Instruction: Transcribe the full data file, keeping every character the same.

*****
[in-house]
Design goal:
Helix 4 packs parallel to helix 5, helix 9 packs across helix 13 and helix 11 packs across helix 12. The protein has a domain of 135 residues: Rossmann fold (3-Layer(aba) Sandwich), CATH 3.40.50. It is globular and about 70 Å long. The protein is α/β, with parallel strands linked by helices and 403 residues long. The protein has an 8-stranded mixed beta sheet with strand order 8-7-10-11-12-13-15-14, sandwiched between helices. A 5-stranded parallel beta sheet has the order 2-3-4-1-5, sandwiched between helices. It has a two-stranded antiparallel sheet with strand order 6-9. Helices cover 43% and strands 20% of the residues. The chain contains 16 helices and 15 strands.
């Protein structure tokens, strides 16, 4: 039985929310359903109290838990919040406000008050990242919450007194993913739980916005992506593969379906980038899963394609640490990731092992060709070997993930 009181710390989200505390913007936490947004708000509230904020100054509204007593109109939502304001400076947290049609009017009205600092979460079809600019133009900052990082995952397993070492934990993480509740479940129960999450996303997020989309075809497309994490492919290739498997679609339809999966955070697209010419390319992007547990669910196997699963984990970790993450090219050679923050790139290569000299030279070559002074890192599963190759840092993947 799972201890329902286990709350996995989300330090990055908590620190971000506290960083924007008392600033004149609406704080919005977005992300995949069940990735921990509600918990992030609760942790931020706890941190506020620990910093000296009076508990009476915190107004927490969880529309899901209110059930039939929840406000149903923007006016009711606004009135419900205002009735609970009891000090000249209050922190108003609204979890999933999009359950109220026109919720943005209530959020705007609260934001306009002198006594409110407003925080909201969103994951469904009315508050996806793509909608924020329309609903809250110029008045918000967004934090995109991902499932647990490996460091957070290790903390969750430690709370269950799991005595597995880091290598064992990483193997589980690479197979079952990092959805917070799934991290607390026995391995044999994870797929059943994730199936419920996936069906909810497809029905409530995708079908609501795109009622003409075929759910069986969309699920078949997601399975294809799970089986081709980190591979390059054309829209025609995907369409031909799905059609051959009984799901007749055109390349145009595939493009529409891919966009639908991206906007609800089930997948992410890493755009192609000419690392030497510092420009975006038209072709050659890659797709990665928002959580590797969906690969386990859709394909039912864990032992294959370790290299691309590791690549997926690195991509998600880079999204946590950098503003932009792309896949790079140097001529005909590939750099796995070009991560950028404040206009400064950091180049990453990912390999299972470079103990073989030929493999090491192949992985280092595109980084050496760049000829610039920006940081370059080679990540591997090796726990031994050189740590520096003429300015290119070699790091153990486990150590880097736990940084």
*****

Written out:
[in-house]
Design goal:
Helix 4 packs parallel to helix 5, helix 9 packs across helix 13 and helix 11 packs across helix 12. The protein has a domain of 135 residues: Rossmann fold (3-Layer(aba) Sandwich), CATH 3.40.50. It is globular and about 70 Å long. The protein is α/β, with parallel strands linked by helices and 403 residues long. The protein has an 8-stranded mixed beta sheet with strand order 8-7-10-11-12-13-15-14, sandwiched between helices. A 5-stranded parallel beta sheet has the order 2-3-4-1-5, sandwiched between helices. It has a two-stranded antiparallel sheet with strand order 6-9. Helices cover 43% and strands 20% of the residues. The chain contains 16 helices and 15 strands.
């Protein structure tokens, strides 16, 4: 039985929310359903109290838990919040406000008050990242919450007194993913739980916005992506593969379906980038899963394609640490990731092992060709070997993930 009181710390989200505390913007936490947004708000509230904020100054509204007593109109939502304001400076947290049609009017009205600092979460079809600019133009900052990082995952397993070492934990993480509740479940129960999450996303997020989309075809497309994490492919290739498997679609339809999966955070697209010419390319992007547990669910196997699963984990970790993450090219050679923050790139290569000299030279070559002074890192599963190759840092993947 799972201890329902286990709350996995989300330090990055908590620190971000506290960083924007008392600033004149609406704080919005977005992300995949069940990735921990509600918990992030609760942790931020706890941190506020620990910093000296009076508990009476915190107004927490969880529309899901209110059930039939929840406000149903923007006016009711606004009135419900205002009735609970009891000090000249209050922190108003609204979890999933999009359950109220026109919720943005209530959020705007609260934001306009002198006594409110407003925080909201969103994951469904009315508050996806793509909608924020329309609903809250110029008045918000967004934090995109991902499932647990490996460091957070290790903390969750430690709370269950799991005595597995880091290598064992990483193997589980690479197979079952990092959805917070799934991290607390026995391995044999994870797929059943994730199936419920996936069906909810497809029905409530995708079908609501795109009622003409075929759910069986969309699920078949997601399975294809799970089986081709980190591979390059054309829209025609995907369409031909799905059609051959009984799901007749055109390349145009595939493009529409891919966009639908991206906007609800089930997948992410890493755009192609000419690392030497510092420009975006038209072709050659890659797709990665928002959580590797969906690969386990859709394909039912864990032992294959370790290299691309590791690549997926690195991509998600880079999204946590950098503003932009792309896949790079140097001529005909590939750099796995070009991560950028404040206009400064950091180049990453990912390999299972470079103990073989030929493999090491192949992985280092595109980084050496760049000829610039920006940081370059080679990540591997090796726990031994050189740590520096003429300015290119070699790091153990486990150590880097736990940084």